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|NUMBER 152||THE NEWSPAPER OF EDUCATION RIGHTS||SEPTEMBER 1998|
Education Board Chairman Jack Christie said he was persuaded to sell the stock after viewing clips of the Disney film "Pulp Fiction," which features graphic violence, drug use and sadomasochism. "Pulp Fiction" was produced under Disney's Miramax brand name. Another board member, Richard Neill, characterized Disney's entertainment as "garbage."
Last summer, AFA/Texas chairman, Wyatt Roberts, presented the Board of Education with song lyrics produced by Disney's music label, Hollywood Records, that "advocate everything from suicide to setting people on fire." Roberts called Disney "the corporate equivalent of Jekyll and Hyde," and accused the company of "doing some very nasty things through its lesser-known subsidiaries."
Disney's portrayals of gay and lesbian characters have created further controversy, including those depicted in the ABC sitcom "Ellen" and the movie "Priest" about a Catholic priest who had a relationship with another man. One Disney film touched off a storm of protest when it became known that the director was a convicted child molester. Disney has also been criticized for extending company insurance benefits to live-in partners of homosexual employees, but not to unmarried partners of heterosexual employees, and for allowing homosexual celebrations in its theme parks.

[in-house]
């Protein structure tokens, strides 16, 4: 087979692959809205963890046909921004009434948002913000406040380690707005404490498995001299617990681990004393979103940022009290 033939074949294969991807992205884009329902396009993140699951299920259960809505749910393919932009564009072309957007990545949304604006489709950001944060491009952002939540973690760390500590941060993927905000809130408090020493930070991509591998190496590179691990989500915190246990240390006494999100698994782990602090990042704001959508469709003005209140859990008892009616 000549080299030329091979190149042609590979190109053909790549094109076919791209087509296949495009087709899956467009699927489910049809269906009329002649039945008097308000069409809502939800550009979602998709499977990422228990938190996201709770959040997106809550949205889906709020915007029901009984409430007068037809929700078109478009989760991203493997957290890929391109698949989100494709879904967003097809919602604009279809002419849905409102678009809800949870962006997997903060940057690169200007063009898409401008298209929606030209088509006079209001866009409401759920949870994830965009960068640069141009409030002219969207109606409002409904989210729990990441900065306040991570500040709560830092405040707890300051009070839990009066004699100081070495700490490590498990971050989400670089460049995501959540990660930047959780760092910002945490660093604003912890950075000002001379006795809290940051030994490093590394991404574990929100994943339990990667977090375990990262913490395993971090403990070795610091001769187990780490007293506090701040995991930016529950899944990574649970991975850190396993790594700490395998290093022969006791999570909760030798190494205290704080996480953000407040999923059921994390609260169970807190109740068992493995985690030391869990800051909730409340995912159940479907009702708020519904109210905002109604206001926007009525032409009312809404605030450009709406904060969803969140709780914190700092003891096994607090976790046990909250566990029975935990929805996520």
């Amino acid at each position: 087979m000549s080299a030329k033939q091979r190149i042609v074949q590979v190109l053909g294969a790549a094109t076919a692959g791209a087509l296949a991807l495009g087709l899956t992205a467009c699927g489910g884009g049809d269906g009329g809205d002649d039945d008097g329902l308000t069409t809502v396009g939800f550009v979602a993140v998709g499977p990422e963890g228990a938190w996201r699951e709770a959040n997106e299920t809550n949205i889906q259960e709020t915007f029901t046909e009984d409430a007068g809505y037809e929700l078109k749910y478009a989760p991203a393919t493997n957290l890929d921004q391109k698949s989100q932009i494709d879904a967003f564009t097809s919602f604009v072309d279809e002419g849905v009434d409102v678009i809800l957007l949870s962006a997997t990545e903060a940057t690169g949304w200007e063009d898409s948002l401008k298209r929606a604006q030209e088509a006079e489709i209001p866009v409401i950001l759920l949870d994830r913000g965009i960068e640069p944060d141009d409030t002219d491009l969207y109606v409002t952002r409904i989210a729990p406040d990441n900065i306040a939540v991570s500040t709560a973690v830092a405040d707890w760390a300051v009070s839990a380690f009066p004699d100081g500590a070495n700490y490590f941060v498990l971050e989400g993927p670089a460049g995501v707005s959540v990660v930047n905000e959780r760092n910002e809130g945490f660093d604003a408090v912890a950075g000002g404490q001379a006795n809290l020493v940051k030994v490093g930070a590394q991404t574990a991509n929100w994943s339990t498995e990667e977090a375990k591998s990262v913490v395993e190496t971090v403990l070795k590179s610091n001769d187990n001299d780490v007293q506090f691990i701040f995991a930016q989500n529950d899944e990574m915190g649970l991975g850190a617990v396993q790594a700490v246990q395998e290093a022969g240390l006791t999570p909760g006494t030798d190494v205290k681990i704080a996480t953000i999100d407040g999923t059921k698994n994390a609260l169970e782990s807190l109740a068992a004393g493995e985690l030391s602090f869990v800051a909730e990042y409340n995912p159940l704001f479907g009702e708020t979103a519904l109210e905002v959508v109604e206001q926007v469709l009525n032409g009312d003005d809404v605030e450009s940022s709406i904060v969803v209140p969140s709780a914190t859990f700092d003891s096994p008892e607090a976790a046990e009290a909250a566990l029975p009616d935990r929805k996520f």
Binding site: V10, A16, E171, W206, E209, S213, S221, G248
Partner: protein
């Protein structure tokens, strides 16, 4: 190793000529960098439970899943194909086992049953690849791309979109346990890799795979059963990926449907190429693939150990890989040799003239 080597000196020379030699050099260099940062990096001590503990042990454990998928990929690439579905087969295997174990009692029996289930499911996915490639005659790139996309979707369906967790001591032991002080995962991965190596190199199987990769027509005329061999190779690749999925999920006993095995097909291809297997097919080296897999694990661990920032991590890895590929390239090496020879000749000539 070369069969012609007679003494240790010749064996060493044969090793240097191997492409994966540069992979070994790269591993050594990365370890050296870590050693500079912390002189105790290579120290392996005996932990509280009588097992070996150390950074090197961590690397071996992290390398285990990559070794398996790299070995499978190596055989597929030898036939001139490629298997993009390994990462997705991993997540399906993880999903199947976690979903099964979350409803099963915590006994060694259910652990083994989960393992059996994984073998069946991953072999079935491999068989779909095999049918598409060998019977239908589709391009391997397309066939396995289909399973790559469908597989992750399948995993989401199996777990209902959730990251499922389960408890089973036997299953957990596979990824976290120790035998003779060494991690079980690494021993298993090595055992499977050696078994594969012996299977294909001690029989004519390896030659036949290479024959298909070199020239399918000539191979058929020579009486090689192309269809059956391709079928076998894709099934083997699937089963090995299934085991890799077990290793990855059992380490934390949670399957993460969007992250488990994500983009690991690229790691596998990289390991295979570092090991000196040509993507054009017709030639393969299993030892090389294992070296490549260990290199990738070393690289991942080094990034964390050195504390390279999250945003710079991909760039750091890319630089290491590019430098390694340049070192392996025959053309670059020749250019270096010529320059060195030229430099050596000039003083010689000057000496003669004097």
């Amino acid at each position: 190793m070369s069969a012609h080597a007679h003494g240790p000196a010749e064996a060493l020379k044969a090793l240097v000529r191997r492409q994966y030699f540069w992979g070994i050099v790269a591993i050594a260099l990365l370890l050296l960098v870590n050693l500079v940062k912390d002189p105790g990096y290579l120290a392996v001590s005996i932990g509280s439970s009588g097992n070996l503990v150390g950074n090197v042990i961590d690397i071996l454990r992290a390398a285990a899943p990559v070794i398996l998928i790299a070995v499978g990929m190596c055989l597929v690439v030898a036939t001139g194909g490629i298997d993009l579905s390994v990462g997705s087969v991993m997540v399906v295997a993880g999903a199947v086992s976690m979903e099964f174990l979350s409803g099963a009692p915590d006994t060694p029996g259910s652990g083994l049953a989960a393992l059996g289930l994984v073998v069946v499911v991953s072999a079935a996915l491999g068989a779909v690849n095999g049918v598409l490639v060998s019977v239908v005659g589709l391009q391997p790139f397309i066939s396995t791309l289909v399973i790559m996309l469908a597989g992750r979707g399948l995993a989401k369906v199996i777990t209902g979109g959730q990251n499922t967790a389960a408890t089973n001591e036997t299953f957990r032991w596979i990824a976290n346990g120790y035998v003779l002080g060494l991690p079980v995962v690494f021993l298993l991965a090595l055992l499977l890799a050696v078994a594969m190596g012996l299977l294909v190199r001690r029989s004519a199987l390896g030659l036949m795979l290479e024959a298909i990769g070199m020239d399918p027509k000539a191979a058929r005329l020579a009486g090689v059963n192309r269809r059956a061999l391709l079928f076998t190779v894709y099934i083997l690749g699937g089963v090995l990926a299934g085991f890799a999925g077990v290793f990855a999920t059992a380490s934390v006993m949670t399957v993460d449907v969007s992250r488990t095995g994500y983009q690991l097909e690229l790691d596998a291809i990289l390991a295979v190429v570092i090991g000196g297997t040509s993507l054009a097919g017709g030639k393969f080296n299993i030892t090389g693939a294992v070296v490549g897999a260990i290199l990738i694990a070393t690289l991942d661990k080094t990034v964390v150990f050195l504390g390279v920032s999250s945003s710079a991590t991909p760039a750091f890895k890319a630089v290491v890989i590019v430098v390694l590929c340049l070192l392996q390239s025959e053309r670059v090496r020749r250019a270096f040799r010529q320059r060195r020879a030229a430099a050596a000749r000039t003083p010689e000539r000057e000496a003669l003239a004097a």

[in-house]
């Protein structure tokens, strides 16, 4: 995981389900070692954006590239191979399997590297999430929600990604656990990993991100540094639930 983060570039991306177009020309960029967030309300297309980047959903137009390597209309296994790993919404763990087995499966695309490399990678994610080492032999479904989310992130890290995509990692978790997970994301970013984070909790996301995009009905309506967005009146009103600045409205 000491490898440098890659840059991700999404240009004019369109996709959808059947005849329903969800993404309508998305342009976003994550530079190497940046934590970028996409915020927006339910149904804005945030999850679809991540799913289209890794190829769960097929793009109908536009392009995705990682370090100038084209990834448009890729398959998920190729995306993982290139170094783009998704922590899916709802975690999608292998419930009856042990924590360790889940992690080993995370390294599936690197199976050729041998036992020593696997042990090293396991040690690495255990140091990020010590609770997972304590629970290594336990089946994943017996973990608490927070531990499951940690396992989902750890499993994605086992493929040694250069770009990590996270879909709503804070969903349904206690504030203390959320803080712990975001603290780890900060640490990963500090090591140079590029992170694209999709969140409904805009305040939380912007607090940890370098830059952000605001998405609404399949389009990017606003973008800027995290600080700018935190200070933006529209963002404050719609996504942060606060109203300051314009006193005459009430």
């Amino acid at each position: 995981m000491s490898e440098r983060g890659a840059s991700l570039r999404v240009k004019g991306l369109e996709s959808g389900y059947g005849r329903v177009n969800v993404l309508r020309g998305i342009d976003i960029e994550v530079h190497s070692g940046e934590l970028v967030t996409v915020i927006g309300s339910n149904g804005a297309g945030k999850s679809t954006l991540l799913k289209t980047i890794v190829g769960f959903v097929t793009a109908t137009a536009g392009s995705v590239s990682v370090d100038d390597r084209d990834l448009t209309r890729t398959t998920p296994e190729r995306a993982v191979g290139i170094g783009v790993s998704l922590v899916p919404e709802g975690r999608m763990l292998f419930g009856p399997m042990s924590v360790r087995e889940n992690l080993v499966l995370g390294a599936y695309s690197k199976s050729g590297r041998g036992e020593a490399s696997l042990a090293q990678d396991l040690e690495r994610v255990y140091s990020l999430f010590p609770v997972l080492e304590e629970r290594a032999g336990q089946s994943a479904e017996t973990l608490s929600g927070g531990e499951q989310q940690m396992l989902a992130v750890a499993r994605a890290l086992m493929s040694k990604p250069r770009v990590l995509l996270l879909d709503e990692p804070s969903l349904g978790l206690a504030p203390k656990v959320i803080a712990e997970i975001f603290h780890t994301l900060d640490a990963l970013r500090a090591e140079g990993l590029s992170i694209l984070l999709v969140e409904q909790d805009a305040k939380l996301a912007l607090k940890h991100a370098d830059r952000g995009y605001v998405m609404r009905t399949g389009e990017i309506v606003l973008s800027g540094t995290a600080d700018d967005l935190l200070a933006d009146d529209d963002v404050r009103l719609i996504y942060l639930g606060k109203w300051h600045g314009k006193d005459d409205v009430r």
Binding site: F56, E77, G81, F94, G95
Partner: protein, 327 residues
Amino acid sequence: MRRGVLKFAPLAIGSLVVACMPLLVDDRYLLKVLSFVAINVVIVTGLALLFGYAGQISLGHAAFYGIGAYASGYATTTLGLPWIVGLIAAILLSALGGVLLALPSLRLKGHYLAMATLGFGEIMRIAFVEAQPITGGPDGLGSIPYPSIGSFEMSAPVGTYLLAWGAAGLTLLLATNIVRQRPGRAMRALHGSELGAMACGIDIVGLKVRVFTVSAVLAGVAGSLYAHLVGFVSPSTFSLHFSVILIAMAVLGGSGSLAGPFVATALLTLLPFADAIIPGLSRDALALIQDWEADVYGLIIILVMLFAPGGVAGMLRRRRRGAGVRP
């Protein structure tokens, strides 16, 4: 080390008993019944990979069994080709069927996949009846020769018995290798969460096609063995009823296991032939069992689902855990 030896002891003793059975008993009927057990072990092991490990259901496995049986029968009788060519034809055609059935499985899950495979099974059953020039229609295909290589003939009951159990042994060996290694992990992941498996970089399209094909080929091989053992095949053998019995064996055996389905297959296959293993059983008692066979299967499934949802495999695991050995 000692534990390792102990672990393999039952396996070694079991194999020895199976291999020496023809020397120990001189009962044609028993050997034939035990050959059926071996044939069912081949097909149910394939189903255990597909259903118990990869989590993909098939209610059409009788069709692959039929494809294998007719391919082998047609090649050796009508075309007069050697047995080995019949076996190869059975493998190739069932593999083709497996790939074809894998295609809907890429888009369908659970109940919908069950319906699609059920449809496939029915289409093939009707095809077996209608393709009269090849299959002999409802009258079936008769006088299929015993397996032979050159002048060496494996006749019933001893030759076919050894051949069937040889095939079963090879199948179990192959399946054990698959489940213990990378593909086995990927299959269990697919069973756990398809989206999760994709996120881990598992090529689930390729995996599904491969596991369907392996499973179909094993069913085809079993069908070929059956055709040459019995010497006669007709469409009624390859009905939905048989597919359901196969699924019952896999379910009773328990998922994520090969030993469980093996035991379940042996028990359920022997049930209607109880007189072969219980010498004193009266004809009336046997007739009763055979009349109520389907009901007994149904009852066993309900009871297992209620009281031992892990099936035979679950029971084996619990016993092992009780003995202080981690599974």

Despite the fact that the corporation failed to blink at the news of the stock sale and publicized a stock price increase, Roberts says the divestiture could have serious implications. Other Texas agencies that invest in Disney include the Teachers Retirement System and the Texas Employment Retirement System, whose combined stock portfolios total nearly $300 million.
In 1997, the Southern Baptist Convention approved a well-publicized boycott of the corporation's movies, theme parks, and the Disney-owned ABC television network.